Semi-transparent solar battery technology that can produce electricity while blocking heat at the same time is developed. By using multi-layered metallic thin-film-based transparent electrodes, it allows visible ray to penetrate and reflects infrared light selectively and produces electricity during this process. Because it can maintain low indoor temperature while using energy efficiently, it is expected to be used for variety of purposes such as car window tinting and windows and doors of buildings.
KAIST (Chancellor Kang Seung-mo) made announcement on the 1st that a research team led by Professor Yoo Seung-hyeop of Electric and Electronic Engineering Department of KAIST and Professor Park Nam-kyu of Chemical Engineering Department of Seonggyungwan University has developed such semi-transparent solar battery technology and its research was published as the cover thesis for Advanced Energy Materials on the 20th of last month.
Because solar batteries absorb light and produce electricity, semi-transparent characteristic that allows light to penetrate can only reduce efficiency. Also it is difficult to manufacture current crystalline silicon-based solar batteries as semi-transparent batteries.
Research team had used perovskite, which is made up of organic and inorganic compounds and is seen as the solar battery material for next generations, as a photoelectric transformation material and has implemented semi-transparent solar batteries by using transparent electrodes on both sides.
One of the transparent electrodes uses metal-based multi-layer thin film with a structure of ‘insulation shield-metal-insulation shield’, which was used by this research team on electronic elements for many years.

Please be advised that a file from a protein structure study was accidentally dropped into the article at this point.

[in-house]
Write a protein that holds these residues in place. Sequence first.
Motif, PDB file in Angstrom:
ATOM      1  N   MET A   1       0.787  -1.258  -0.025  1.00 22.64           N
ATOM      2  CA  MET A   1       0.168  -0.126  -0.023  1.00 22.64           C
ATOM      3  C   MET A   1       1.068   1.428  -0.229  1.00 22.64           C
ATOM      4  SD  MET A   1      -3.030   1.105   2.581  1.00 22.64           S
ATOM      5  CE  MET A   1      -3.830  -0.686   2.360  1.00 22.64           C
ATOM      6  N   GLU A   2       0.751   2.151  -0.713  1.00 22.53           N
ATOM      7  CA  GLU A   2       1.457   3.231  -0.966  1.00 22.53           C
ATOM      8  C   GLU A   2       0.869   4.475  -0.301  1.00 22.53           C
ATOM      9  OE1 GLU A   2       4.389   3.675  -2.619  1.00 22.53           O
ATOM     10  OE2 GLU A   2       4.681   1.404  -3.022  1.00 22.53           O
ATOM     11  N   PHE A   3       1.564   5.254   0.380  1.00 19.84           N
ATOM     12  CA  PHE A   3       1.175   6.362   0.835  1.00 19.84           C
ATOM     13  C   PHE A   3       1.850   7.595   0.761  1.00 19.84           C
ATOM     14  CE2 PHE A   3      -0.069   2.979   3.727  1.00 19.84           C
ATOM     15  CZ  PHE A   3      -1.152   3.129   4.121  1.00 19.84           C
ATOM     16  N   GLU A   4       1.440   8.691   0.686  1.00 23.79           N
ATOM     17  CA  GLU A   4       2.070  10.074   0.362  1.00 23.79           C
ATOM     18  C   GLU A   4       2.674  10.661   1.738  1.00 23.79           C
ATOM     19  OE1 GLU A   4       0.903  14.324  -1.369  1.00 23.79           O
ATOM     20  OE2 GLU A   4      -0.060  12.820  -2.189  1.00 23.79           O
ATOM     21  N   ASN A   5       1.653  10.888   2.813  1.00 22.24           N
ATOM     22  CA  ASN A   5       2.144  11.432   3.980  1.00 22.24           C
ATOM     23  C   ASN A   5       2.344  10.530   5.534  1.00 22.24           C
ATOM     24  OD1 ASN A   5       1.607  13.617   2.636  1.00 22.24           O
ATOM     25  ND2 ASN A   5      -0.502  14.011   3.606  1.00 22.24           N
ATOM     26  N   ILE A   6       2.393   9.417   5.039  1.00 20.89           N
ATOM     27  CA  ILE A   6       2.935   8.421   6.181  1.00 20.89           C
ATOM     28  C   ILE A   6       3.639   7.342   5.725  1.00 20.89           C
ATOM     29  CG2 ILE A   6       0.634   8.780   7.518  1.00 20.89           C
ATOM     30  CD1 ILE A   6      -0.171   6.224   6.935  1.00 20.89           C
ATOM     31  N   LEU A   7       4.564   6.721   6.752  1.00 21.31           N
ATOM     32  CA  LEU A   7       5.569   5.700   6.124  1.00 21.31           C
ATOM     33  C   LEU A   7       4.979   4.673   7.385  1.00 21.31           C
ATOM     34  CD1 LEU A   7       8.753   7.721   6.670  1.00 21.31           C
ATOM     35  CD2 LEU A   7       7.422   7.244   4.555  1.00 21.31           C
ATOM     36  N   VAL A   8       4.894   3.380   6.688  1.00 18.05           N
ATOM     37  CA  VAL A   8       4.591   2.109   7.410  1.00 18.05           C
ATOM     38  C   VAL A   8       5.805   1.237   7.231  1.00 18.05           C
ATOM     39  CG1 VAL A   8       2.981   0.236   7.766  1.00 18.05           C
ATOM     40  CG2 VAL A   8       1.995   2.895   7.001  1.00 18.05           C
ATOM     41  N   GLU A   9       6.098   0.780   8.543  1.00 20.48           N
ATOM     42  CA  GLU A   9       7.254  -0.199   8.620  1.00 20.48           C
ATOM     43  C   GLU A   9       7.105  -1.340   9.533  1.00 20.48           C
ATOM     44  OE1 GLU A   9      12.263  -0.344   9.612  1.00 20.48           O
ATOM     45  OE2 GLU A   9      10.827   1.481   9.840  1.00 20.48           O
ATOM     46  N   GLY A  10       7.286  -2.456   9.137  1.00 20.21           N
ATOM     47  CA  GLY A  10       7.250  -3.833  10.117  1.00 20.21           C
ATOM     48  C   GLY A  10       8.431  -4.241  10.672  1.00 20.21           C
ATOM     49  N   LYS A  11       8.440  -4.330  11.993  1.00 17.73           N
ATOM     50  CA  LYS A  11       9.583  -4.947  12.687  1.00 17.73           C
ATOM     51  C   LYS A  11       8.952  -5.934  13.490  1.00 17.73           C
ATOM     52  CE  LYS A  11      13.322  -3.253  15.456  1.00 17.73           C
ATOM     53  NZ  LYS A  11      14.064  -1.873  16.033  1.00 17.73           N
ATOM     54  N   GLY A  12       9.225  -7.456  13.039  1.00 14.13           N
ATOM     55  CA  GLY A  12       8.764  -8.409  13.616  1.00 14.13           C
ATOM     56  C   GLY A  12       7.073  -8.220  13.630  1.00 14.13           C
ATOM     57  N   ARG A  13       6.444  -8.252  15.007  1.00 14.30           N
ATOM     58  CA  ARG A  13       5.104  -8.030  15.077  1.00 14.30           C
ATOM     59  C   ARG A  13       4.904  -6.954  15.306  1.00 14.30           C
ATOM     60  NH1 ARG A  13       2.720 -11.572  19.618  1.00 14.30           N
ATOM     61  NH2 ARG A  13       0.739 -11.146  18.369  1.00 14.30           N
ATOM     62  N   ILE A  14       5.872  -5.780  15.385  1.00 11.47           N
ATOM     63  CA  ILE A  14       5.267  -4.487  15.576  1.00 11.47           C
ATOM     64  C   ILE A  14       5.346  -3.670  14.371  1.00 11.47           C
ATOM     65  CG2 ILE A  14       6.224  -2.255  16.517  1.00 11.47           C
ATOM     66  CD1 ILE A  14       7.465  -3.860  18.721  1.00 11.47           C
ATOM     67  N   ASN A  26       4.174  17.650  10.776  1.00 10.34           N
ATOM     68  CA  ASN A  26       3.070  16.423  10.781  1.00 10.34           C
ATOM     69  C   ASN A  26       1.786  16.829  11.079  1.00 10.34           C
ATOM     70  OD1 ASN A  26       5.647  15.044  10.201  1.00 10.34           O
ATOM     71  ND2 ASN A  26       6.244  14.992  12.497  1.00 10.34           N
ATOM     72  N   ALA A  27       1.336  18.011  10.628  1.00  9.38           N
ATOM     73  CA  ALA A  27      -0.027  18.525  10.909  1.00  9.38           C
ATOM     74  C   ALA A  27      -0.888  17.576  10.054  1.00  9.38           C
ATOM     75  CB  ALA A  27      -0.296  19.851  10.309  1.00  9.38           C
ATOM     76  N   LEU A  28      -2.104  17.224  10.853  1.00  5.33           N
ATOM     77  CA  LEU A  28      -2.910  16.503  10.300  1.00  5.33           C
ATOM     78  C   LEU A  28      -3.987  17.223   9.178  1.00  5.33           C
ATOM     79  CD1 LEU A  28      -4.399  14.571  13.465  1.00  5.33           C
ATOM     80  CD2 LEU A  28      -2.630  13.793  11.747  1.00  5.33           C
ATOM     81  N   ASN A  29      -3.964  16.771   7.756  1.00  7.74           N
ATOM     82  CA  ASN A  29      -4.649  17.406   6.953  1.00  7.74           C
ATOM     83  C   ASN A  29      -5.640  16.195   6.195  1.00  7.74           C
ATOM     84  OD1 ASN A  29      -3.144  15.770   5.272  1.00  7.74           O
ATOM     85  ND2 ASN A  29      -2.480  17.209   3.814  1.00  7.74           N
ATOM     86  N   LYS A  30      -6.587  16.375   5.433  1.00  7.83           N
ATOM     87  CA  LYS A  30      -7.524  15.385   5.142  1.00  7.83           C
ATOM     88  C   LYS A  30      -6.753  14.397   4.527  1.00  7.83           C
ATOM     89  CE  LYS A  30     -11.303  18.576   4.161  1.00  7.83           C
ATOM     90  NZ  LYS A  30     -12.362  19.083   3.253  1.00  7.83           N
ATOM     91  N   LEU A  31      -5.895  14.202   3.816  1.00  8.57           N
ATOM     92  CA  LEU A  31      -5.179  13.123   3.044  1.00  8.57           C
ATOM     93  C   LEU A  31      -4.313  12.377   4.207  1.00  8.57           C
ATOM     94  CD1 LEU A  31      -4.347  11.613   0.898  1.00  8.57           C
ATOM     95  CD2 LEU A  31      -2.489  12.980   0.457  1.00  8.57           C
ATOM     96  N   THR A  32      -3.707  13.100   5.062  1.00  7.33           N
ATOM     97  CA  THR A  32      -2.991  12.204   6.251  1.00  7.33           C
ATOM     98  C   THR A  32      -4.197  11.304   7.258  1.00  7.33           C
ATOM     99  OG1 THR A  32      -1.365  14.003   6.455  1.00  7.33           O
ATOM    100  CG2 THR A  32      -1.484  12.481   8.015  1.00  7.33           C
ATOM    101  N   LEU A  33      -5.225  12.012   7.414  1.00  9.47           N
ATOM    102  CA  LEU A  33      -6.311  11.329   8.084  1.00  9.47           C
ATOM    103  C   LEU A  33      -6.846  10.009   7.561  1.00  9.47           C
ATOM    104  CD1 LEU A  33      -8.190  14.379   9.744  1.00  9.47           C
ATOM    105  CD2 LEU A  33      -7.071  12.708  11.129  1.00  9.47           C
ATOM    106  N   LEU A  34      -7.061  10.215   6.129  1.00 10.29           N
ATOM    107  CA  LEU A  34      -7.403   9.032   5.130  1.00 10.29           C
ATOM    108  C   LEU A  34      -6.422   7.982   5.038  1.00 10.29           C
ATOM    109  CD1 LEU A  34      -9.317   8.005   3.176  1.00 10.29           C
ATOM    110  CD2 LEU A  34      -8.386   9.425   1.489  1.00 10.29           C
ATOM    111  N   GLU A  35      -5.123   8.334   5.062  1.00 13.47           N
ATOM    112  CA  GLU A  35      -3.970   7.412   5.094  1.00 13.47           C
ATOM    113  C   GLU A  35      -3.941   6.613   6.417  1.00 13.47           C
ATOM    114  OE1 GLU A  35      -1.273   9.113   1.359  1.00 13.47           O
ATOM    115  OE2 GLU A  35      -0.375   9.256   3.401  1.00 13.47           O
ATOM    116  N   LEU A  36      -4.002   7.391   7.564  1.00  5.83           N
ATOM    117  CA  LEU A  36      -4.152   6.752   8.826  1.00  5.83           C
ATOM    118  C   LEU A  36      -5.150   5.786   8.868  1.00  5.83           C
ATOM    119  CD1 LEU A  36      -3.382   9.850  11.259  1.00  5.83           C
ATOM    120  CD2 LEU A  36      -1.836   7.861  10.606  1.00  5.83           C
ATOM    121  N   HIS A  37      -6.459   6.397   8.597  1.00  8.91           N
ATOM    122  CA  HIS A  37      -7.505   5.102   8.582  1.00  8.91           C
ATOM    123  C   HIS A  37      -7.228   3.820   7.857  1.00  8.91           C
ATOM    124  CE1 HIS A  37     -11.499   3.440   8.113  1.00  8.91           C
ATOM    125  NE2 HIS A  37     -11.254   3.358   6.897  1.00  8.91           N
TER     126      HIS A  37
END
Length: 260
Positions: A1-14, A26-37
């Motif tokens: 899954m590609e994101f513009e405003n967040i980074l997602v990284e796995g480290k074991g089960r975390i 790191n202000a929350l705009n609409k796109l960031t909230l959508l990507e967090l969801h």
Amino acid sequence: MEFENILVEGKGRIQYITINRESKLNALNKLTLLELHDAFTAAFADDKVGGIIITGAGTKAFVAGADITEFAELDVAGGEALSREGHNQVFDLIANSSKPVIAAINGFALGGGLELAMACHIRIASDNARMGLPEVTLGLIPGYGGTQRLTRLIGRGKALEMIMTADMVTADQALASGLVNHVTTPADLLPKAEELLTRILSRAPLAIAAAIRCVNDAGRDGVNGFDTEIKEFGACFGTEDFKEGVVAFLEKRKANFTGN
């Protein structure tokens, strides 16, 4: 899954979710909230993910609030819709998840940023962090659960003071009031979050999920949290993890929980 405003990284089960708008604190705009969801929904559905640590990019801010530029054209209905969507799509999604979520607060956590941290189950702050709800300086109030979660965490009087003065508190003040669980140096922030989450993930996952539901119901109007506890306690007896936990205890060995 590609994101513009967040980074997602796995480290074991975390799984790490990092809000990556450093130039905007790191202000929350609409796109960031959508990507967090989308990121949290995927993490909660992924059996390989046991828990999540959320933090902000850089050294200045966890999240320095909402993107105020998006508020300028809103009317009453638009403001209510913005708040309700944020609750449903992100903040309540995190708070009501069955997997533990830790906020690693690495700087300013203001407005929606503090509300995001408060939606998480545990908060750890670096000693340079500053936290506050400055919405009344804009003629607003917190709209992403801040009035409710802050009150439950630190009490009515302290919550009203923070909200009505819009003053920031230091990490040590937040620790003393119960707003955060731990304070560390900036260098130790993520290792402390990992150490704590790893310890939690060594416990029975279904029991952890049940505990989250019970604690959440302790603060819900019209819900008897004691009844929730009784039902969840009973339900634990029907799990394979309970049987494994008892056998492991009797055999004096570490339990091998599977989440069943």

Research team has implemented transparent electrodes by manufacturing metals that do not allow almost any penetration of light as thin films with thickness of tens of nanometers and laminating insulation shield that has high refractive index and lowers reflection on top.
Transparent electrodes are designed so that they allow penetration of visible spectrum by having precise thickness of each layer and reflect invisible spectrum. Through this design, it was able to manufacture semi-transparent solar batteries with penetration rate for visible rays at an average of 7.4%, which is similar to films that are used to tint cars, and photoelectric transformation efficiency of 13.3%.
Research team added a function that effectively reflects heat ray from solar energy by maximizing reflection of infrared light. Because temperature of tint films increases when they are exposed to light since they block off heat by absorbing it, temperature of this newly-developed solar batteries almost does not increase.
“Semi-transparent solar batteries with an ability to block off heat are manufactured as film-type batteries that are able to adjust colors through additional optical design and can be used for cars or windows of buildings.” said Professor Yoo. “If solar batteries add more new values like this, they will be able to pioneer even bigger markets.”
Staff Reporter Kim, Soonki | email@example.com